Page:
Similar to cornerback, there are no elite tackles that could be considered at #3.  Chicago will most likely have to look to the third round for their new, young OT, as not only are there no OTs that are projected to go at the top of the second round (thus drafting one there would be a stretch) and Chicago has other team needs to handle at the top of the second.  Therefore, the third round seems to be the perfect place to draft a new OT.  Western Michigan’s Taylor Moton, Bucknell’s Julien Davenport, Troy’s Antonio Garcia, or Florida State’s Roderick Johnson, just to name a few.  Their raft stock will no doubt fluctuate between now and April 27, so it will be interesting to see what Chicago ends up doing at OT.

Conclusion

In my opinion, this is Chicago should do a few different things this offseason.  First, re-sign Alshon Jeffrey.  He is a dynamic receiver that has a big frame and can develop into a Dez Bryant-like player, and we’ve seen the flashes of potential already as he has grown into a star.  Next, don’t cut Jay Cutler, at least not yet.  While I will party the day Cutler leaves Chicago, this year is terrible for teams looking for new QBs, so I suggest the Bears wait a year or two for some good QBs through the draft, such as Oklahoma State’s Mason Rudolph or Washington State’s Luke Falk in 2018, or maybe even wait till 2019 for UCLA’s Josh Rosen or USC’s Sam Darnold, both of which have supreme hype behind them in the college football world.  There will be good QBs in the future, so Chicago should just be patient for another year while they rebuild the rest of the team.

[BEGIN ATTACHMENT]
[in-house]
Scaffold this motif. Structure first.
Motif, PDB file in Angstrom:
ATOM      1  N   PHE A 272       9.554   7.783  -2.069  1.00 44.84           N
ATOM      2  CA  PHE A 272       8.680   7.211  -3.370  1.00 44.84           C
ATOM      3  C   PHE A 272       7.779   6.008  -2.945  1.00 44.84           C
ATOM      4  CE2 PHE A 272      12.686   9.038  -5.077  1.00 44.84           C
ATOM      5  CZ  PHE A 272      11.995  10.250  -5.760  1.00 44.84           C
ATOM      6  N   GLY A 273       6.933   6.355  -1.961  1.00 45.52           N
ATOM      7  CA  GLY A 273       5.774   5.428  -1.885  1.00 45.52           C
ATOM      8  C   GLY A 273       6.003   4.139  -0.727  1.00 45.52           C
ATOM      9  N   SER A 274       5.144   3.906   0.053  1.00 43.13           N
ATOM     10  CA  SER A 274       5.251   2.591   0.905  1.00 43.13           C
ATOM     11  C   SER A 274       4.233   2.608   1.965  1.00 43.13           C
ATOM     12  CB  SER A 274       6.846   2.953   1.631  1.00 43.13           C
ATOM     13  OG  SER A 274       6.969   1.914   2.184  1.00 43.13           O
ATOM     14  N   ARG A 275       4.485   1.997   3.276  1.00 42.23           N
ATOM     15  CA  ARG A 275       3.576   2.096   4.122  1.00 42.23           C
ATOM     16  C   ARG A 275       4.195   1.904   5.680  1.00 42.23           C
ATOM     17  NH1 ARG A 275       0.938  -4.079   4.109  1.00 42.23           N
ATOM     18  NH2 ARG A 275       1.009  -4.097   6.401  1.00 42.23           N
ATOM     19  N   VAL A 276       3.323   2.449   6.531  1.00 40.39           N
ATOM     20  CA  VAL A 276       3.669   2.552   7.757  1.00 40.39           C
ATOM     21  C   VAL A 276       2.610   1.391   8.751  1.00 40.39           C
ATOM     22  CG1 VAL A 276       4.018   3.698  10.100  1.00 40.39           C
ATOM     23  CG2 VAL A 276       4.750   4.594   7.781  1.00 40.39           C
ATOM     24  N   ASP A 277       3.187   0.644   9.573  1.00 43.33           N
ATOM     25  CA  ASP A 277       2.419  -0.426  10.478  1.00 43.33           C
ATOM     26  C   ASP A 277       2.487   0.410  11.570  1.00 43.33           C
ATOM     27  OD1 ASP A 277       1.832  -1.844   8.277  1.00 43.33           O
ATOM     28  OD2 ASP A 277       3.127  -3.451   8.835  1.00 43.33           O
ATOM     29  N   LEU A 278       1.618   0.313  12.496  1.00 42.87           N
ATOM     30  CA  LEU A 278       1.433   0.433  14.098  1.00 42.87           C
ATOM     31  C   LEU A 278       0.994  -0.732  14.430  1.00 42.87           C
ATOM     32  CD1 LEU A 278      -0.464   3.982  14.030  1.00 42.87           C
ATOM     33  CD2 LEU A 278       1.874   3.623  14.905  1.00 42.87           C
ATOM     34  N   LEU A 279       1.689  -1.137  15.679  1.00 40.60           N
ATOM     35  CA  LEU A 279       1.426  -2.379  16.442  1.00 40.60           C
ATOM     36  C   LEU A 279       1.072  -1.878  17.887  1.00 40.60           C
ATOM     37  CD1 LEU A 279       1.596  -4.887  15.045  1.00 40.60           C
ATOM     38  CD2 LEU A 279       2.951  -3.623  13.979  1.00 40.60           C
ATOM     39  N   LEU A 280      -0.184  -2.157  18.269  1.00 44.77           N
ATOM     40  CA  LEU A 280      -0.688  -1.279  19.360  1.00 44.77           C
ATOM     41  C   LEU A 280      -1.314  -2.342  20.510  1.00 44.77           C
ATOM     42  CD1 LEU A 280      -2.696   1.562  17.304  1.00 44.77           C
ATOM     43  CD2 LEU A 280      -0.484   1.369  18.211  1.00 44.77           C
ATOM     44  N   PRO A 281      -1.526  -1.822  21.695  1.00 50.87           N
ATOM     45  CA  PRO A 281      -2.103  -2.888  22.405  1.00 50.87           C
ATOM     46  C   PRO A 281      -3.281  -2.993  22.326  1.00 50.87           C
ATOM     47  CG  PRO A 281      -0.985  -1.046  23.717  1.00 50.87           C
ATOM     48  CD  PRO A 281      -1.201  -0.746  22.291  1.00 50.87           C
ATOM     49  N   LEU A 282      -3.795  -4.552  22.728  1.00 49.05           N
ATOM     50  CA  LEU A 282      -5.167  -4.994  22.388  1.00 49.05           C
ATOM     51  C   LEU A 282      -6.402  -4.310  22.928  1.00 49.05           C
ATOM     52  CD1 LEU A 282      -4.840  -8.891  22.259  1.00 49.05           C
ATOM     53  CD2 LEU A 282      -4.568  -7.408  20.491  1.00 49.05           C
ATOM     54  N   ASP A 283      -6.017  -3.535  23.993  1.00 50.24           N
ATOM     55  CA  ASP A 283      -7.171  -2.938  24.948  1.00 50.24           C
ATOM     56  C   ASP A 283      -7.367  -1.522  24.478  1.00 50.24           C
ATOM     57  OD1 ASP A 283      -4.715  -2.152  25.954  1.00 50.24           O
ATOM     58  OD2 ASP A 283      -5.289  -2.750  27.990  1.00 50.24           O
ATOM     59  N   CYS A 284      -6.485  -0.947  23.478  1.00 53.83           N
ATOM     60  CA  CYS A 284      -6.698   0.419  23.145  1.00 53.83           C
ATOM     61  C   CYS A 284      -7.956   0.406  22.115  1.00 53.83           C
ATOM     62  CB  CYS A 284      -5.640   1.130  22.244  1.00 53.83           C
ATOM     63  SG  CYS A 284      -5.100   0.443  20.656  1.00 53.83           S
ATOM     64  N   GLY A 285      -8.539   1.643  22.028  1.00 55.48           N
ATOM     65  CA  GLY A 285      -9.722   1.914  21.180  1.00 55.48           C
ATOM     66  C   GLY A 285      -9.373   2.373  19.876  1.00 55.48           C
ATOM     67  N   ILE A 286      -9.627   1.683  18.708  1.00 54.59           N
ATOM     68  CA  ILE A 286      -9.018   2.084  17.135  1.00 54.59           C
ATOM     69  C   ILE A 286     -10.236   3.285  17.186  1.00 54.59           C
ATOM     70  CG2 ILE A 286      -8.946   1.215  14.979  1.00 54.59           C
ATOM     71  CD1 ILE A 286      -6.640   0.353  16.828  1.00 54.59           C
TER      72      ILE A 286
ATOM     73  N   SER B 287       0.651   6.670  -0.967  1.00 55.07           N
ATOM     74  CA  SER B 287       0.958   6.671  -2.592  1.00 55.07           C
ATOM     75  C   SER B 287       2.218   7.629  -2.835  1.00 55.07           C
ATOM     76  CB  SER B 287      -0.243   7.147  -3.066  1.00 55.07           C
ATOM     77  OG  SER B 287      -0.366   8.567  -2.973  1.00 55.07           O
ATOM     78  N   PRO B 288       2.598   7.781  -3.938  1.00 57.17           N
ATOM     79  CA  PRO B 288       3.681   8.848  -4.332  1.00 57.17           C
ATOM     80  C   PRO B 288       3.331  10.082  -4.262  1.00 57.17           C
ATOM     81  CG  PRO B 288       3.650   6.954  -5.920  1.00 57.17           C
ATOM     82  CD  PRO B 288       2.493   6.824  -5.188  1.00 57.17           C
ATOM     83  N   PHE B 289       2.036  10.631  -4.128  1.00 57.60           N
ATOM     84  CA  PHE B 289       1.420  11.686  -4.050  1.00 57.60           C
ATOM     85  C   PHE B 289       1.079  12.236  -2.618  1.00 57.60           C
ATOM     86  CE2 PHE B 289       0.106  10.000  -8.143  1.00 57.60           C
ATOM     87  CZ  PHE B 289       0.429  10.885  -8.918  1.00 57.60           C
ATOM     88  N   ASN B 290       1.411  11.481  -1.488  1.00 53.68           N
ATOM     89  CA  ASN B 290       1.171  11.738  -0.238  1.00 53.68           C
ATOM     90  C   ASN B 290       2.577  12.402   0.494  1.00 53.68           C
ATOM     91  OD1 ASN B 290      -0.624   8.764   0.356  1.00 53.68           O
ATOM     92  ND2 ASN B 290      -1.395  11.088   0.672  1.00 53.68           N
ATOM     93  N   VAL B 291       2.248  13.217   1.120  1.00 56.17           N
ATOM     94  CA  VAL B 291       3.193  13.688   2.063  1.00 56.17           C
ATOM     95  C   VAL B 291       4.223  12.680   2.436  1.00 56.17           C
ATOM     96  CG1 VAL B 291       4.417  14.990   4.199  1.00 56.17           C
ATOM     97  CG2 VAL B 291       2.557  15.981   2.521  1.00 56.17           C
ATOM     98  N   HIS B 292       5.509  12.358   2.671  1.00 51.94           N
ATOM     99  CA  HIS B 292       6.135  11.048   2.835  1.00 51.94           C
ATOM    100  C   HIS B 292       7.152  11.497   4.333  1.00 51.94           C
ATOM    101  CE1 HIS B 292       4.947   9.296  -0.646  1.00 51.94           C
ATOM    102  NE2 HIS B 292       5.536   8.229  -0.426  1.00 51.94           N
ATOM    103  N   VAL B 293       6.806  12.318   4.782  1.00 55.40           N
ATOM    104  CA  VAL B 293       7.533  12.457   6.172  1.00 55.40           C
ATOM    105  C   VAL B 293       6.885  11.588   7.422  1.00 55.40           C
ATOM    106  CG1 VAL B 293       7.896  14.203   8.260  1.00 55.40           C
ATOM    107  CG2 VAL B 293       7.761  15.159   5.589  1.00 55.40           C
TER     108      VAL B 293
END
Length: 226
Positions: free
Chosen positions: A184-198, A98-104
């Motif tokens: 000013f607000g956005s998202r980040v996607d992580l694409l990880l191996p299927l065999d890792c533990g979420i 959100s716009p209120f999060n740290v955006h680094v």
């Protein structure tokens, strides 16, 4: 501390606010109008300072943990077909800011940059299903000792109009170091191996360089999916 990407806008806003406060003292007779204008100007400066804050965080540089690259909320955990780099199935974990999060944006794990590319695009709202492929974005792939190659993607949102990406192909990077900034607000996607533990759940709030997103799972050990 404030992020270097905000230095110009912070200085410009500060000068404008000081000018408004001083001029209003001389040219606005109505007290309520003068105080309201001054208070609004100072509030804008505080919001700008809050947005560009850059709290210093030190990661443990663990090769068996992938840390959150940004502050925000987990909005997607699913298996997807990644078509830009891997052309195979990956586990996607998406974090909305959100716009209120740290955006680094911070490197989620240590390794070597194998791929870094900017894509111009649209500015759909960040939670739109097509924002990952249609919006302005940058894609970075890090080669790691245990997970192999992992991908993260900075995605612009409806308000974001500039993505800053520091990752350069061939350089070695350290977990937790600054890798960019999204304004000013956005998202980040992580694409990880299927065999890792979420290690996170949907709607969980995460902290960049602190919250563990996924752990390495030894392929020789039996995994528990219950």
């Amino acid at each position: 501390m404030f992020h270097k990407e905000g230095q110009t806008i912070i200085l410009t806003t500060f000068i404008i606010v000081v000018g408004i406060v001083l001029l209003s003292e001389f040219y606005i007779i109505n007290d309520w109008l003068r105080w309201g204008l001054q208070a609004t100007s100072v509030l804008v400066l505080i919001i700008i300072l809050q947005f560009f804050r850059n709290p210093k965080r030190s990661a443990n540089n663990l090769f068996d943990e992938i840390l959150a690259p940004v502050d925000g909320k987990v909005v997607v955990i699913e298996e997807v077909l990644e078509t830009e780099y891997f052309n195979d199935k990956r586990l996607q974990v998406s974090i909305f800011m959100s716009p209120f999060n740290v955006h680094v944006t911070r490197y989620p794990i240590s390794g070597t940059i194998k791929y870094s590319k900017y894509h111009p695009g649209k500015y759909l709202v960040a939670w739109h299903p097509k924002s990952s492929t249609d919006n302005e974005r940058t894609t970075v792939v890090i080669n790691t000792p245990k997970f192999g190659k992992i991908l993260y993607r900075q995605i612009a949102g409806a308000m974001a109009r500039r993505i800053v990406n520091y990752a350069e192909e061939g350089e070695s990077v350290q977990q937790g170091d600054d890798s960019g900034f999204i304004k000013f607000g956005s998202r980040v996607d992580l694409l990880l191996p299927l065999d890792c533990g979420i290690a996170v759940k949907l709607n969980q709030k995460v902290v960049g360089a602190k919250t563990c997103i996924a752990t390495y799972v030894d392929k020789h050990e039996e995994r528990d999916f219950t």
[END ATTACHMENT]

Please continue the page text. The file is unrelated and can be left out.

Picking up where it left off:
Speaking of the rest of the team, Chicago should target one or two cornerbacks in free agency, with one being somewhat of a big-money player with the other possibly being a bargain player such as Bengal’s CB Dre Kirkpatrick.  With cornerback taken care of, they should focus on safety with their #3 overall pick, preferably selecting LSU’s Jamal Adams.  I’ve seen mock drafts that have Chicago taking Alabama DL Johnathan Allen, and while I’m fine with that pick, Adams is a dynamic player and fills a need.  While Chicago already has two young safeties, Adrian Amos has not looked impressive at all thus far, and Harold Jones-Quartey has not been a lot better, although he at least has flashed talent at times.

In the second round, look for Chicago to go cornerback, most likely LSU’s Tre’Davious White and Michigan’s Jourdan Lewis.  However, if Chicago feels satisfied they filled this need adequately in free agency, they could go an alternative route and take either a OT or a DE with their second round pick, such as DE Montravious Adams from Auburn.  With their third round pick, Chicago should be targeting a OT.  This early in the draft process, there isn’t a ton to know about mid round players, so I may form a personal preference which one I think Chicago should take after the combine and/or pro days.  As for the rest of the draft, look for the Bears to fill up on lineman on both sides of the ball to make sure depth in the trenches.

Chicago has a great opportunity in front of them: plenty of good players available, both through the draft and free agency, $8 million in hand, and the #3 pick.  They can vastly improve their team and improve on last year’s 3-13 mark.  The city of Chicago is trusting the Bears to make changes for the better, because if they don’t, the Bears could be in for another long season.